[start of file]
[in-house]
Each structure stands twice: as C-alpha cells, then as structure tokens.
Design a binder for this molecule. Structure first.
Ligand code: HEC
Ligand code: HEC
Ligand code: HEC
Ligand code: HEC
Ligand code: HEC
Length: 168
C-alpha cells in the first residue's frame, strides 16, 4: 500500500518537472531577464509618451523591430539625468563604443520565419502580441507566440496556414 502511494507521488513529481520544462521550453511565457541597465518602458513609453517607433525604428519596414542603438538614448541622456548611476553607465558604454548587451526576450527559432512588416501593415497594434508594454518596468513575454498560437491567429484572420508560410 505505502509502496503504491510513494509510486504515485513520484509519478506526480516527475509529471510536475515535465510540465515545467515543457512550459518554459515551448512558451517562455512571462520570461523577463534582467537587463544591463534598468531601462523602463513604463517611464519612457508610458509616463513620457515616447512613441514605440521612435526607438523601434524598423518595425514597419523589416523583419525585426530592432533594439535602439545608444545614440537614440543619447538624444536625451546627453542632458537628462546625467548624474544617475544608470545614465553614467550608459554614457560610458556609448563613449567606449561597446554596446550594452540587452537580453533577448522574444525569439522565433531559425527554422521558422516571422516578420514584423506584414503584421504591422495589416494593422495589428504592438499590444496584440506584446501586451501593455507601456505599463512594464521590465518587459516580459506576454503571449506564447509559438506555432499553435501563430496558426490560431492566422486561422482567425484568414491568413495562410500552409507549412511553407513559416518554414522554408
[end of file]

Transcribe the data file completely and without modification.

[in-house]
Each structure stands twice: as C-alpha cells, then as structure tokens.
Design a binder for this molecule. Structure first.
Ligand code: HEC
Ligand code: HEC
Ligand code: HEC
Ligand code: HEC
Ligand code: HEC
Length: 168
C-alpha cells in the first residue's frame, strides 16, 4: 500500500518537472531577464509618451523591430539625468563604443520565419502580441507566440496556414 502511494507521488513529481520544462521550453511565457541597465518602458513609453517607433525604428519596414542603438538614448541622456548611476553607465558604454548587451526576450527559432512588416501593415497594434508594454518596468513575454498560437491567429484572420508560410 505505502509502496503504491510513494509510486504515485513520484509519478506526480516527475509529471510536475515535465510540465515545467515543457512550459518554459515551448512558451517562455512571462520570461523577463534582467537587463544591463534598468531601462523602463513604463517611464519612457508610458509616463513620457515616447512613441514605440521612435526607438523601434524598423518595425514597419523589416523583419525585426530592432533594439535602439545608444545614440537614440543619447538624444536625451546627453542632458537628462546625467548624474544617475544608470545614465553614467550608459554614457560610458556609448563613449567606449561597446554596446550594452540587452537580453533577448522574444525569439522565433531559425527554422521558422516571422516578420514584423506584414503584421504591422495589416494593422495589428504592438499590444496584440506584446501586451501593455507601456505599463512594464521590465518587459516580459506576454503571449506564447509559438506555432499553435501563430496558426490560431492566422486561422482567425484568414491568413495562410500552409507549412511553407513559416518554414522554408